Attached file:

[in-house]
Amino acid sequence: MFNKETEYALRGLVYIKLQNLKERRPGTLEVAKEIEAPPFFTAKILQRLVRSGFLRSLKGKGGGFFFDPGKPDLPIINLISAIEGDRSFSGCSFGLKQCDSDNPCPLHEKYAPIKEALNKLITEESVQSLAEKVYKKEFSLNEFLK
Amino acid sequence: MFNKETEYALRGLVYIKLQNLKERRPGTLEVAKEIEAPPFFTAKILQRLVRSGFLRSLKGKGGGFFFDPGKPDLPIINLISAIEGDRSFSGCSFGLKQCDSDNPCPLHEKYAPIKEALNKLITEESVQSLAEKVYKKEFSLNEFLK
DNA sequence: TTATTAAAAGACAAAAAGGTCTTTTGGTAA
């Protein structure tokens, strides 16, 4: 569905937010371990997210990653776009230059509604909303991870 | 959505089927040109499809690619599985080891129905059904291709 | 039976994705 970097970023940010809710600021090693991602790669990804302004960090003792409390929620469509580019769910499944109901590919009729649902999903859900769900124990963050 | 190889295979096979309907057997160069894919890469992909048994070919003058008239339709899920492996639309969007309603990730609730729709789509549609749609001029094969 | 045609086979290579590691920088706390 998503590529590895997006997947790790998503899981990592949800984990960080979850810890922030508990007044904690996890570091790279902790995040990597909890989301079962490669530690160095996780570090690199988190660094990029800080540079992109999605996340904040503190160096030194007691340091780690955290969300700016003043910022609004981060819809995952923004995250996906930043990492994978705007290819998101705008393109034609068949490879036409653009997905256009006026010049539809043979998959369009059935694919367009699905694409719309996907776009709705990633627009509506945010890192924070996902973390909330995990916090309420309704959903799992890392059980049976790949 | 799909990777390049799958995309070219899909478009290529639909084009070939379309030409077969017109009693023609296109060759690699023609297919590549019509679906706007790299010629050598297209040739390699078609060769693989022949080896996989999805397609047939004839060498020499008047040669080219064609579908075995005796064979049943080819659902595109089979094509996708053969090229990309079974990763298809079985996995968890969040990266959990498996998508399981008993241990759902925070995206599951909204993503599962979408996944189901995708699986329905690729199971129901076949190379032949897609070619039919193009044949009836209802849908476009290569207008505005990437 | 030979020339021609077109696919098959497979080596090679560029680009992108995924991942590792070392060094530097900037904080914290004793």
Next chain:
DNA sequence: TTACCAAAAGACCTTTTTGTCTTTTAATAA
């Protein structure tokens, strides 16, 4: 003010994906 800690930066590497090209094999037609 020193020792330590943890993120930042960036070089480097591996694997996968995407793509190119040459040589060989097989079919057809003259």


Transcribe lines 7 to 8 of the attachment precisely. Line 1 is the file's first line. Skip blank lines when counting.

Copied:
DNA sequence: TTACCAAAAGACCTTTTTGTCTTTTAATAA
């Protein structure tokens, strides 16, 4: 003010994906 800690930066590497090209094999037609 020193020792330590943890993120930042960036070089480097591996694997996968995407793509190119040459040589060989097989079919057809003259």